Rare things happen in the most unremarkable of places. Outside a narrow Downriver building, where gaps in vertical blinds reveal little more than a few windowsill houseplants, only a small sign— Hungarian Strudel Shop—hints at the Old World process within. Inside, just beyond a display case of fresh-baked confections and a framed photograph of Hungary’s ornate parliament building, is a barebones backroom where the morning activity is nothing short of fascinating.
Here, Helen Dawson works magic, transforming our, water, shortening and a pinch of salt into a voluptuous expanse that looks and feels more like fabric than dough.
While morning commuters edge along in rush-hour traffic on nearby Southfield Road in Allen Park, Dawson goes to work.
She positions a smooth, 10-pound disk of dough into her electric sheeter, a mechanical rolling pin of sorts, that flattens the thick round into a thin rectangle. Three trips through the sheeter produce the pastry sheet she needs to begin working magic on a surface resembling a giant Ping-Pong table covered with a tablecloth.
In almost reverent silence, with only a few quiet directives spoken to her work partners, Dawson quickly and expertly stretches the raw material as far as it will go, making a 20- by 25-foot sheet. She knuckles and tugs the elastic, high-gluten dough and gives it an elevating shake, as if snapping a king-size bed sheet so that it billows up, then settles softly back into place. Dawson and her two or three table partners—family members, usually—are in constant motion: Circling. Stretching. Trimming.
Larousse Gastronomique, the culinary encyclopedia, says strudel translates to “whirlwind.” That applies to Dawson, as she deftly stretches the dough in a sort of workroom waltz. Larousse says strudel was inspired by the Turkish baklava.
Phyllo dries quickly and is highly sensitive to ambient elements. Because Michigan air is humid, Dawson is forever fine-tuning
the shop’s fans and dehumidifier for optimal levels. She has been finessing phyllo for four decades, producing at least 1,200 strudels a week.
As Dawson describes the process, her hands reflexively move in a caressing motion. “My favorite part is the stretching,” she says. After that comes trimming, dusting with a mixture of breadcrumbs and sugar, a light sprinkling with melted shortening to help it brown, then filling and rolling, slicing into lengths and boxing.
Standard fillings include apple, apricot, blueberry, cheese, cheese with fruit, cherry, walnut and, in autumn, pumpkin. For Dawson, a piece of each flaky finished dessert is a slice of her life.
Dawson’s family, the Arnoczkis, came to Detroit in 1956 as refugees fleeing the Hungarian revolution. They settled in Delray, which was then a thriving Southwest Detroit ethnic enclave near Holy Cross Church, whose parish priest, along with their great aunt, sponsored their U.S. entry.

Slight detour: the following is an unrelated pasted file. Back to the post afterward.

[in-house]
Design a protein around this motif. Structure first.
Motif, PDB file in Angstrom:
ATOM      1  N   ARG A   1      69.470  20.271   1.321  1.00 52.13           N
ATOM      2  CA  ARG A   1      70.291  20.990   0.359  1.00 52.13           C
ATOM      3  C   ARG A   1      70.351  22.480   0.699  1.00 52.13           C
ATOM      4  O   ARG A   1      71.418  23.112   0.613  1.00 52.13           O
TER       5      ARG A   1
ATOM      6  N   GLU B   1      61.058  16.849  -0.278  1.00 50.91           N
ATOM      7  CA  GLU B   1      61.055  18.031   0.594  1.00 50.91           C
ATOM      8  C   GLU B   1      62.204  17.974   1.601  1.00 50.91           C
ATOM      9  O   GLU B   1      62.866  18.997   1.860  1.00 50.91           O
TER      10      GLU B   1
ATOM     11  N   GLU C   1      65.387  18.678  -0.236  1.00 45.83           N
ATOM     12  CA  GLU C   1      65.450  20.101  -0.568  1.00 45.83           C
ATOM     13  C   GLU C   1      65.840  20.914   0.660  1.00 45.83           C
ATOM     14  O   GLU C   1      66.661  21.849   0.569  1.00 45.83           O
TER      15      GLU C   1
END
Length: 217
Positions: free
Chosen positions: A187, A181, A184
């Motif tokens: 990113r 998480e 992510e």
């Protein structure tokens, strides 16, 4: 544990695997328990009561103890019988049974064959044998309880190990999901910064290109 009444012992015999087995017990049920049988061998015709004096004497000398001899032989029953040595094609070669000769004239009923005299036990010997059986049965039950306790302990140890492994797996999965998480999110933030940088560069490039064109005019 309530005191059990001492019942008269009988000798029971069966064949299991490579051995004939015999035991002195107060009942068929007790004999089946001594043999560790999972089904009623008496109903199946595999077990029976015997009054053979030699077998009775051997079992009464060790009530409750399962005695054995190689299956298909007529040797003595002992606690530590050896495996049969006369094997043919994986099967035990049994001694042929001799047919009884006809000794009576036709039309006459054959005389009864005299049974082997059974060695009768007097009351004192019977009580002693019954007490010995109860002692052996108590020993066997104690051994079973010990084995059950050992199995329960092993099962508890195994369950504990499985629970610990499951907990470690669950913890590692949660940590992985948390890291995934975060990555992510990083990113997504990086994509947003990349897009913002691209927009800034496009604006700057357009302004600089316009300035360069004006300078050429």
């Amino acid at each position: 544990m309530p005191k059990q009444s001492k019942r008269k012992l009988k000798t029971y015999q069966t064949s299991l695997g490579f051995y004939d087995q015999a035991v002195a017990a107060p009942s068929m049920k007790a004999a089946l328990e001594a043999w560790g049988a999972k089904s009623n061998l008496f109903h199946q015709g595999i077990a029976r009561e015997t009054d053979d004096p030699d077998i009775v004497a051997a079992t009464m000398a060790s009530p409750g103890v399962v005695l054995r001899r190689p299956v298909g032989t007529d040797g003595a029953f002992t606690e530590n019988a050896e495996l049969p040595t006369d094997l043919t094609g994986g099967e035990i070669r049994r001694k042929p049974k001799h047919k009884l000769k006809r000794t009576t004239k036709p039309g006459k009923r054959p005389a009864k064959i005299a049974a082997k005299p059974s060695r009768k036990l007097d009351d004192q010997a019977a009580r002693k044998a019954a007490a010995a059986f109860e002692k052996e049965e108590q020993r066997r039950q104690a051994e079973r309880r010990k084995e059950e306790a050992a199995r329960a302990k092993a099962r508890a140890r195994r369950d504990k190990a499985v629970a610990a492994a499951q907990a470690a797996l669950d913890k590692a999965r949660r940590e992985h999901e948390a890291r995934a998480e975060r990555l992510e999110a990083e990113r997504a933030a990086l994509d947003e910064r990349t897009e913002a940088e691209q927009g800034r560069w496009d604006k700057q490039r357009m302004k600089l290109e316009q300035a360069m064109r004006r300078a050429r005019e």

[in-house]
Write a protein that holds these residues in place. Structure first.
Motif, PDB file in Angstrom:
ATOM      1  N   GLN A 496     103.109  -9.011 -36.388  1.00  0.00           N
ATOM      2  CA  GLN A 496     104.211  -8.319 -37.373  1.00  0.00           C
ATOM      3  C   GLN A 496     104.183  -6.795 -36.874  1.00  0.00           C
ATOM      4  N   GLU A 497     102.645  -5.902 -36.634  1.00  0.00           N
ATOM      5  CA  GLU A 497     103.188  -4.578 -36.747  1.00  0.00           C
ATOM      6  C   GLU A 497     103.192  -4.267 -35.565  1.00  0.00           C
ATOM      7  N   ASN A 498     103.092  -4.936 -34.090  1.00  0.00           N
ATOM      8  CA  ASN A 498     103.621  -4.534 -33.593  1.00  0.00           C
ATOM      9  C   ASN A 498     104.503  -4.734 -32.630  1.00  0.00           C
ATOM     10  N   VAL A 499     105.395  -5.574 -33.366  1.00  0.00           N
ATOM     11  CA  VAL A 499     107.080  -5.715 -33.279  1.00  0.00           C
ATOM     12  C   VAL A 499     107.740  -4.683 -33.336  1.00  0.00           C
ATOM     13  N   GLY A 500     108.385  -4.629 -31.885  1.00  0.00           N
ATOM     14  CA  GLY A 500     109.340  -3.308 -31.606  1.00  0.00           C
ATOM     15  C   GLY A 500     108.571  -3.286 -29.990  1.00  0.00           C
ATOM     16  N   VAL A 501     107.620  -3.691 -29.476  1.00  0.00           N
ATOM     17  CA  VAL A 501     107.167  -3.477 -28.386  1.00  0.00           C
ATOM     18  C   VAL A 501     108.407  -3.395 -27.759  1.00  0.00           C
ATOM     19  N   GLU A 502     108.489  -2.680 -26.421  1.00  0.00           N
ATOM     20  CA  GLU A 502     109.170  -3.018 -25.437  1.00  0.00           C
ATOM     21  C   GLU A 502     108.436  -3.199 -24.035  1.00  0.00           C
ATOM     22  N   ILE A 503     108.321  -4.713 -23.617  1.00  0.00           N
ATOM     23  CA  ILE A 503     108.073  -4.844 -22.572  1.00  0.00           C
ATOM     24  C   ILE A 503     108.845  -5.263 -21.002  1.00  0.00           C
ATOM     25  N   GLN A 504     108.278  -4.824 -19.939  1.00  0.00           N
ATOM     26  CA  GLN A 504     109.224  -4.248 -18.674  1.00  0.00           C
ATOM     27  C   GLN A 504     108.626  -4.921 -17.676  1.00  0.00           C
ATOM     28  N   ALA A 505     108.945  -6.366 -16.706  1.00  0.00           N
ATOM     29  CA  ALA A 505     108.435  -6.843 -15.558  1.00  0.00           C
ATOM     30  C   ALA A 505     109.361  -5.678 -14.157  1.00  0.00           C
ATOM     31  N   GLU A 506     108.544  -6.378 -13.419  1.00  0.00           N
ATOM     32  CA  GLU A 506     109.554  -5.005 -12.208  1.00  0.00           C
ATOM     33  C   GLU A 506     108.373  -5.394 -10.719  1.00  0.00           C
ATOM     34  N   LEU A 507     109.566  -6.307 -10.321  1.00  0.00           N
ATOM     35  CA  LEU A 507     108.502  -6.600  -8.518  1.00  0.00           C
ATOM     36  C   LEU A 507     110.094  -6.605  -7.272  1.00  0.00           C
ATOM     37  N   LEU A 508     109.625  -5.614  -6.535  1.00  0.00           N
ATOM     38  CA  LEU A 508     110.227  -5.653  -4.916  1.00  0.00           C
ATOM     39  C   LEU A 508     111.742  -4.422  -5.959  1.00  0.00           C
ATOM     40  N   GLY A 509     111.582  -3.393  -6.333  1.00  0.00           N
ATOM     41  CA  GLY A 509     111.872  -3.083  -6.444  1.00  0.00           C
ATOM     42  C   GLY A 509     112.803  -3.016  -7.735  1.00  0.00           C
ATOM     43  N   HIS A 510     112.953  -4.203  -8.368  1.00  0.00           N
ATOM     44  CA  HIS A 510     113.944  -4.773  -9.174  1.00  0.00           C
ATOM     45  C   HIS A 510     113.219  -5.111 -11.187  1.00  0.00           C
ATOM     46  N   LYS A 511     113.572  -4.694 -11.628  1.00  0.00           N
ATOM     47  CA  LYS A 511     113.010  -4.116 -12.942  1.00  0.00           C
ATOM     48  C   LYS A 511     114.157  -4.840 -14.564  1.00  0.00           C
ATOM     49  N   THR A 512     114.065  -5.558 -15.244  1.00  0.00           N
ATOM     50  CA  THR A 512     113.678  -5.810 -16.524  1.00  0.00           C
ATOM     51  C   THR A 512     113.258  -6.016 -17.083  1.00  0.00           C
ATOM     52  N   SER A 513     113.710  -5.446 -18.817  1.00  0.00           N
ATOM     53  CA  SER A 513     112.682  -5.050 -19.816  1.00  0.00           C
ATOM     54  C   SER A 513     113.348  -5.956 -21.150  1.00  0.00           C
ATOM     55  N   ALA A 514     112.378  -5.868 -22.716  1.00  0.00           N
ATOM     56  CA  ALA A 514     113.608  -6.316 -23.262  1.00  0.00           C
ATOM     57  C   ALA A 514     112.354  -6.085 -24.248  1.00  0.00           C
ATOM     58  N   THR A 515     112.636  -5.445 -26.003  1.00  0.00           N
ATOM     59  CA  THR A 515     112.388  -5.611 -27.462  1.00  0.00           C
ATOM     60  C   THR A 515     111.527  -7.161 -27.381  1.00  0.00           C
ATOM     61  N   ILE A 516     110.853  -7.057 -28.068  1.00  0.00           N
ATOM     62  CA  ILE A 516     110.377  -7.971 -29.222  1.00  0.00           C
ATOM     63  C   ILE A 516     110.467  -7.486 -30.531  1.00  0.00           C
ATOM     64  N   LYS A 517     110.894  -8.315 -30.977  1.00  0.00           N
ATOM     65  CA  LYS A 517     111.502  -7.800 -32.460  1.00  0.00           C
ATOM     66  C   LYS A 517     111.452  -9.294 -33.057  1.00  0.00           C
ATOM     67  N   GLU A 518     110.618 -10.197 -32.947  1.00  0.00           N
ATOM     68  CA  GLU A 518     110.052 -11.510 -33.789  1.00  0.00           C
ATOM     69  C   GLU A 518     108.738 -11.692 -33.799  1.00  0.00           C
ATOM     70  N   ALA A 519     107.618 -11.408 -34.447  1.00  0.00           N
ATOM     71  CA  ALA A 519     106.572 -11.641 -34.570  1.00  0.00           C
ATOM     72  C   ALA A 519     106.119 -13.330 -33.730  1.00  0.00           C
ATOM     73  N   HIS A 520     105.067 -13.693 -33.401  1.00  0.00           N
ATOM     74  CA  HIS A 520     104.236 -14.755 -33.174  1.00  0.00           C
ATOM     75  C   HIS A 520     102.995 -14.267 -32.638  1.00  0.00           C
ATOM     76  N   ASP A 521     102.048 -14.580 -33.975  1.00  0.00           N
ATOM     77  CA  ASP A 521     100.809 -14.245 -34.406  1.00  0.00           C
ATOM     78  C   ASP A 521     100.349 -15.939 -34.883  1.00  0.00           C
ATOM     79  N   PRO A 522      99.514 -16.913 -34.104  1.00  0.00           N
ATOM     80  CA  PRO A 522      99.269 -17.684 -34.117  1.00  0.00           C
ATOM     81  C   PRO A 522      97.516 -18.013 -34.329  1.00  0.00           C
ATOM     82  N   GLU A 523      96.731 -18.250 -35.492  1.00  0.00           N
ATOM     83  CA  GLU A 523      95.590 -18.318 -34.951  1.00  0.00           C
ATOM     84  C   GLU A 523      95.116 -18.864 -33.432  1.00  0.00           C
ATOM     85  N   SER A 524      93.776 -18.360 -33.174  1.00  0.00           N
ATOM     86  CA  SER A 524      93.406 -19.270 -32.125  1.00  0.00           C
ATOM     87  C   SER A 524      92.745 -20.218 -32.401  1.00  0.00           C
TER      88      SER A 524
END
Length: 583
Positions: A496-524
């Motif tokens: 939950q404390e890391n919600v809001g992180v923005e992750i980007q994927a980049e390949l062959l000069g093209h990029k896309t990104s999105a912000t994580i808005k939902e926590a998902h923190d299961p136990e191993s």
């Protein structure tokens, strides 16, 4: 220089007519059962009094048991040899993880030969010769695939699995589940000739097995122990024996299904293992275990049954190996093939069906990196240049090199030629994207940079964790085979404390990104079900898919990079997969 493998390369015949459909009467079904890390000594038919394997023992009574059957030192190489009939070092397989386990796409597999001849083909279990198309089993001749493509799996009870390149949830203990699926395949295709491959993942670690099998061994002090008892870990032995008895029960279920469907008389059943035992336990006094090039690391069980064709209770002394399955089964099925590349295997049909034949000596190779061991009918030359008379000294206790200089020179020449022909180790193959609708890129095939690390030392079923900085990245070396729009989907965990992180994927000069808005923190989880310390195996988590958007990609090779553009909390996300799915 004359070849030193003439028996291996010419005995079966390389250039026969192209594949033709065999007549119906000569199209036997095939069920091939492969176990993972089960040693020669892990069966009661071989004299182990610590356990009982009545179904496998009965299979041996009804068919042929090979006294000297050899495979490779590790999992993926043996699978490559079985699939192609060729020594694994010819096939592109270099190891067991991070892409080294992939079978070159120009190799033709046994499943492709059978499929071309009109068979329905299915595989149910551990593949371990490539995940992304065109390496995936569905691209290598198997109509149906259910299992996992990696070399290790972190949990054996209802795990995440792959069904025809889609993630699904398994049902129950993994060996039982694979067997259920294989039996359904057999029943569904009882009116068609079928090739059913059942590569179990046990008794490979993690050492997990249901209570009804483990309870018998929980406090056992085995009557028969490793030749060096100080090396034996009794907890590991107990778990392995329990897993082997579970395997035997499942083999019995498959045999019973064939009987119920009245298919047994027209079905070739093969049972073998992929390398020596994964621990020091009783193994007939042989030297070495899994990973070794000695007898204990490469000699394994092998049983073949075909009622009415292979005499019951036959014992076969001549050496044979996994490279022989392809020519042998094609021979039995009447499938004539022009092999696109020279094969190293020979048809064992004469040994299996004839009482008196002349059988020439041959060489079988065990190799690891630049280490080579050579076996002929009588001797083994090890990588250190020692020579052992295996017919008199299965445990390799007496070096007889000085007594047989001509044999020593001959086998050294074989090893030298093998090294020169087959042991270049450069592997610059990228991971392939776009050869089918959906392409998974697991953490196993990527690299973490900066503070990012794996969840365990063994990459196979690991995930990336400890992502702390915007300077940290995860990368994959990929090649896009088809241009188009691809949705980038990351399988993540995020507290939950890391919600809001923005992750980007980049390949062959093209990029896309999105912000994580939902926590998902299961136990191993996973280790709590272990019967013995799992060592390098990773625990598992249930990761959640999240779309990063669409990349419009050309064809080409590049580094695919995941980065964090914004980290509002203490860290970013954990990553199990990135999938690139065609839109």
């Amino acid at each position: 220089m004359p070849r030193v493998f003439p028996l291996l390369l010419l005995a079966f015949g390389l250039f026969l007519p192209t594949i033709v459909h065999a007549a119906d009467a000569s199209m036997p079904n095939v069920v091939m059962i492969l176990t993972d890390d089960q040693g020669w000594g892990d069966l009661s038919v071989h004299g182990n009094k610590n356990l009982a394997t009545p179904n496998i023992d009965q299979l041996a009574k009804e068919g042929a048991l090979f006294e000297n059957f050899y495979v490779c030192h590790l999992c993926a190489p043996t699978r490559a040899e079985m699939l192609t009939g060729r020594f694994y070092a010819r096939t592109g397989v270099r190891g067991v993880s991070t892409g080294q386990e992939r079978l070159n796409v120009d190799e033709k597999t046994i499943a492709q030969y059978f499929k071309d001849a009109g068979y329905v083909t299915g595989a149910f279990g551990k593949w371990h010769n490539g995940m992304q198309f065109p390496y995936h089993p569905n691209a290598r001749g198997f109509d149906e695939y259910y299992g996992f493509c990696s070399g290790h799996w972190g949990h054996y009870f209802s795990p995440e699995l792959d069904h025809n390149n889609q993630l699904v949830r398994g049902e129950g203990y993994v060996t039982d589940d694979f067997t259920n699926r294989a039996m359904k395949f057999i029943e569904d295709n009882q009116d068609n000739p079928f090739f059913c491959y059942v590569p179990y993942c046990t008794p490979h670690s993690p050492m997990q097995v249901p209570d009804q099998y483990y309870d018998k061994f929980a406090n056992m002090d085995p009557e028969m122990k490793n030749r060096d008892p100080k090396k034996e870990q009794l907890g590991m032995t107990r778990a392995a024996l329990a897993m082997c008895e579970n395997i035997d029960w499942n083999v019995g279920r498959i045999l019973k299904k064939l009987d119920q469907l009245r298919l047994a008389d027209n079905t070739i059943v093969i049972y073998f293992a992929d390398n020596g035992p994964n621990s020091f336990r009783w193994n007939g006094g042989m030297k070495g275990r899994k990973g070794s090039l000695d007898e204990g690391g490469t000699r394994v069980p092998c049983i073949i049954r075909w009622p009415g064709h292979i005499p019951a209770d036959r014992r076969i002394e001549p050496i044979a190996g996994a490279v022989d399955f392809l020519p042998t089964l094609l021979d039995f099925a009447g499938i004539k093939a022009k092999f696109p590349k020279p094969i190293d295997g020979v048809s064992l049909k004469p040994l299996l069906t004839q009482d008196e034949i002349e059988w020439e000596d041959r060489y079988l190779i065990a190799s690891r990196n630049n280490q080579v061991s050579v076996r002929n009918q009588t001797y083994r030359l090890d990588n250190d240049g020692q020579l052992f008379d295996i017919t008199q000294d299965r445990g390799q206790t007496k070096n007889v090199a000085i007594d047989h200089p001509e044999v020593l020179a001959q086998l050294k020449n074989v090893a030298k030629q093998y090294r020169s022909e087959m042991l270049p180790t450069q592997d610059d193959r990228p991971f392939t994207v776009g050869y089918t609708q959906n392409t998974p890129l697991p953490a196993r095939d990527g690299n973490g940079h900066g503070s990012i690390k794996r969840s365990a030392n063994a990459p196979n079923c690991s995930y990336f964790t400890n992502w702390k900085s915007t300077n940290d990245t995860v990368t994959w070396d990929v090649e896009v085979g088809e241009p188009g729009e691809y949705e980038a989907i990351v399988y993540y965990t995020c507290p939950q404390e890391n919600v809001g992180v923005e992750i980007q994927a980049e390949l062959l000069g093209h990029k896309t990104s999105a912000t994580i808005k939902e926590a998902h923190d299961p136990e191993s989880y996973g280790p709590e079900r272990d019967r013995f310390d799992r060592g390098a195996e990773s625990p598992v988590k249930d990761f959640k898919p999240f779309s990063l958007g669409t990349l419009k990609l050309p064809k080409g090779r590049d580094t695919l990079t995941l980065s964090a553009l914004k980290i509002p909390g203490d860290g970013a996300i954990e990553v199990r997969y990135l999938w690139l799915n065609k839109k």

Eventually, Dawson’s mother, Emma, bought a strudel-making business from a Hungarian-German couple, and ran it with Dawson’s brother, John. Dawson worked for them for years until her mother retired and she bought her mother’s share of the operation.
Dawson’s mother and brother are gone, now, making her business even more of an endangered species. “It’s a lost art, even in Hungary,” she says. “People aren’t doing it today by hand. It’s very physical, almost like making a custom sweater.” The daily exertion has given her buff baker’s muscles—a look that, these days, is more likely to come courtesy of the gym.
As the Houston Chronicle noted several years ago: In this era
of home-brewed beer and cottage-industry butter, ricotta and charcuterie, “phyllo has been left, by and large, to a dwindling number of grandmothers.” Those “grandmothers” know that old-country lore suggests two tips for making good phyllo: You should be able to read a newspaper through a properly thin layer of prepared dough, and there should be an added measure of spiritual respect.
“Little old ladies always blessed the dough,” Dawson says. “If it didn’t turn out well, they’d say, ‘Did you make the cross?’ ” Dawson still honors that tradition. There, amid the 50-pound bags of Bouncer-brand flour and tubs of Sweetex shortening, she makes a sign of the cross over the mixer.
For Dawson, such cultural rituals are a connection with her revolution-era girlhood, a time when she heard adults talk of tanks “rolling people as flat as crêpes.” “[When the tanks came] I waved to them,” she says. “I thought if I was friendly, they wouldn’t flatten me.”
Today, her welcoming hospitality comes in the form of ray-tesh, as the word strudel sounds phonetically in her native language. “I like it warm with ice cream,” she says. That’s how her confection
is often served in restaurants that purchase it wholesale—raw and frozen—for baking on-site. Caterers also order the strudel for events, including weddings. Individual customers may buy the pastry ready-to-eat or frozen with instructions to bake it at home. It’s best enjoyed on the same day it’s baked.
“I never sell day-old strudel,” Dawson says. The only “old” aspect is the tradition, which she hopes to pass on one day to a buyer willing to learn and preserve the craft. “It’s a lot of hard work, so you have to like it,” Dawson says. “It’s a labor of love.”
Hungarian Strudel Shop, 6816 Park Ave., Allen Park; 313-383-3440
Rebecca Powers is a metro Detroit writer and editor. This piece was originally printed in Edible WOW’s Spring 2015 issue. Contact firstname.lastname@example.org for more information.